Nothing beats a bowl of frosty homemade ice cream on a hot summer day! Obviously, with all the great local ice cream shops around it’s pretty easy to BUY a scoop of ice cream, but sometimes it’s more fun to make your treats at home.
When I was a kid, homemade ice cream was considered a group activity…ideally reserved for summer troop meetings with my Girl Scout buddies. Why? Because my mom had an old school hand crank churn! And since no one wanted to crank that monstrosity all by themselves, homemade ice cream required a team effort. Each kid would spend a couple minutes cranking away at the churn until we finally had something resembling ice cream.
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I can’t believe you can even BUY a hand crank ice cream maker these days! Thank goodness for the electric ice cream maker!
I’ve been researching homemade ice cream–both online and in the kitchen–to see what makes the best ice cream recipe. Wanna see what I’ve learned so far?
The Magical Science of Ice Cream
The magic–or rather, science– of making homemade ice cream is in the ice and salt, not so much in the ingredients. Well, you do need the right amount of fat in the base…otherwise you’re making Ice Milk and ewwww…who wants that?
Mixing salt with ice lowers the temperature where water freezes–the freezing point of the ice is lowered to below 32℉ and helps freeze the ice cream. And yes, I actually looked up the freezing point of milk and its -0.5400 C, or 31.02800 degrees Fahrenheit–just a pinch cooler than ice cubes.
If you really want to dive deep into the science of ice cream, here’s a fun little post from the American Chemical Society about the chemistry behind ice cream. It’s a good read for students into STEM.
Can I use Table Salt to make Ice Cream?
Not really. You want to use “Rock Salt” (or ice cream salt) in your ice bath for the best results. Table salt is too fine and can make your ice cream freeze too fast…resulting in ice crystals and a rough texture.
The spinning action on the churn moves the warmer creamy goodness from the center of the machine’s container to the outside–letting your ice cream freeze evenly. It also adds a bit of air to the mix–otherwise the ice cream would be an unscoopable block of sugar milk. The chemistry people say that ice cream should be 30 to 50% air, which explains why your finished ice cream takes up more space than the unfrozen base.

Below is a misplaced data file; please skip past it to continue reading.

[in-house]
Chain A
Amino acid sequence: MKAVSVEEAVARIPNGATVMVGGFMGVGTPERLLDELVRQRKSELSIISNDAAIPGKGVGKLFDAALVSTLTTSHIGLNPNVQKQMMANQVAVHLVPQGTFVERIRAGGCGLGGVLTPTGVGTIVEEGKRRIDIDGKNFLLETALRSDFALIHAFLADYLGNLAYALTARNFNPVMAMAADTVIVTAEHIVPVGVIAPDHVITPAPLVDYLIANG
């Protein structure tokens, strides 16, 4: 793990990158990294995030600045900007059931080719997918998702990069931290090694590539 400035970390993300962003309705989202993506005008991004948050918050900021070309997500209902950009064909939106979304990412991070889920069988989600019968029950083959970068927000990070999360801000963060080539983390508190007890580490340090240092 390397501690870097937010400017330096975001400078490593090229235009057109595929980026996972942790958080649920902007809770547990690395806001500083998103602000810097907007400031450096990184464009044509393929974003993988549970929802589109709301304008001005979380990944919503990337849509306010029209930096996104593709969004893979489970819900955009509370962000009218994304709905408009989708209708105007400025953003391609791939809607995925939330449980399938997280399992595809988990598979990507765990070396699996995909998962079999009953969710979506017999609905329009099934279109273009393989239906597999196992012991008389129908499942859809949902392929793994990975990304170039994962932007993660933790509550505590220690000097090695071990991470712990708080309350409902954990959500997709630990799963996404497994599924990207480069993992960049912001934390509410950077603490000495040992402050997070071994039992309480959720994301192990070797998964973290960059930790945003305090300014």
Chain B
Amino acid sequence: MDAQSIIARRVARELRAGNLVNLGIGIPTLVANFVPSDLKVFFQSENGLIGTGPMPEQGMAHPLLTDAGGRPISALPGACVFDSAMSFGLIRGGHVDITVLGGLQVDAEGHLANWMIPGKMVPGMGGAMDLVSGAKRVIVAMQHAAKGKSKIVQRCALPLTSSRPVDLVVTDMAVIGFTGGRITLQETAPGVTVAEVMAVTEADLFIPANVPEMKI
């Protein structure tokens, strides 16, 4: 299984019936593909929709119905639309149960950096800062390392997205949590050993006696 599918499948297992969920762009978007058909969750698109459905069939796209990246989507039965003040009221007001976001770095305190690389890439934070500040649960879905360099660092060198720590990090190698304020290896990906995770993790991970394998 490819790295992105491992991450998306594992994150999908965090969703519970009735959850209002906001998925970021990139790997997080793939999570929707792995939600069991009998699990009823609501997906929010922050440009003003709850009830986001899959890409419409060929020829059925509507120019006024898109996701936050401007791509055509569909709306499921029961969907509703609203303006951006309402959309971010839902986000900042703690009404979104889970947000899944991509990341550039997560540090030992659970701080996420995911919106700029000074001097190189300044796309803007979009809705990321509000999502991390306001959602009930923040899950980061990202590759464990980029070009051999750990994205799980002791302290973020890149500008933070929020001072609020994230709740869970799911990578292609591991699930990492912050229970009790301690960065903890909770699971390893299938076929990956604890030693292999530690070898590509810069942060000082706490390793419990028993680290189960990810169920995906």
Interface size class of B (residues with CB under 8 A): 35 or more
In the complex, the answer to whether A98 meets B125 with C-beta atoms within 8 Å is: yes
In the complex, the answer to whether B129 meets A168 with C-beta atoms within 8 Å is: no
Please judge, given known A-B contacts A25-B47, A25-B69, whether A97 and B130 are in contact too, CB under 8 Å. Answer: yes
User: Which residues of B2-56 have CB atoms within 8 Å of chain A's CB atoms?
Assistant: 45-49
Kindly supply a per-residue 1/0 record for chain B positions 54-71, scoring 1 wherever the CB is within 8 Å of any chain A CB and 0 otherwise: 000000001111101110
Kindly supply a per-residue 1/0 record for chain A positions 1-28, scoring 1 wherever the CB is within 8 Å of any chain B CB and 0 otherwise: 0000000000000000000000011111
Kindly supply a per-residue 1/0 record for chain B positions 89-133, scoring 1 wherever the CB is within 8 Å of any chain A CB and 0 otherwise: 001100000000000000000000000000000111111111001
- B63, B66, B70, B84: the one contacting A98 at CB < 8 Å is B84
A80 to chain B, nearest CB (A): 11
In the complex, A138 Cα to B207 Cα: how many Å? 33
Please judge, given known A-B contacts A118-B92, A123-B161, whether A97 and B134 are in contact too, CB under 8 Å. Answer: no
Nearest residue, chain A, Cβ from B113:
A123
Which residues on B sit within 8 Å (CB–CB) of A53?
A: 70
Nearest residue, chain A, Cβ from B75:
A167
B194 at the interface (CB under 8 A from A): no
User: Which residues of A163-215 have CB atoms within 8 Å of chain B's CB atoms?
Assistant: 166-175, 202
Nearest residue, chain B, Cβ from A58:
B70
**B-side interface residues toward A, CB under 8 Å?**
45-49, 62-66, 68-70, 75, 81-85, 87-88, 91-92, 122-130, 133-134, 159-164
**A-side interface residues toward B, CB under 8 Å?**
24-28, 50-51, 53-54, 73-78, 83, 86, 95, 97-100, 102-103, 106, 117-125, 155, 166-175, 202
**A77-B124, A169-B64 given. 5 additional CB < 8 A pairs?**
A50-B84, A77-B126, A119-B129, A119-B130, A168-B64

Do I really need an Ice Cream Maker?
During my research, I found two recipes that don’t require an ice cream maker. One involves whipped cream and sweetened condense milk…and about six hours in your freezer. The other is a science experiment for kids like something we did at scout camp.
If you think you want to make a LOT of homemade ice cream this way, Amazon sells a…I kid you not…rubber ball ice cream maker. You can roll it back and forth with the kids while it makes yummy yummy ice cream.
Recipe: American Ice Cream
There’s no eggs in American style (sometimes known as Philadelphia style) ice cream, so you don’t have to cook the base first. Just stir up the ingredients, pour into your machine and off you go!
- 2 cups heavy cream
- 1 cup milk
- 3/4 cup sugar
- 1 tablespoon vanilla extract
Mix all the ingredients in a bowl using a hand mixer, or just a whisk if you feel like channeling your inner Julia Child. Pour the ingredients into your ice cream maker and follow the directions for your device to set it up. Mine said to layer a “tray of ice cubes” with a 1/3 cup of ice cream salt, then repeat until you’ve reached the top. Then add a cup of water, place and lock down the motor and plug it in.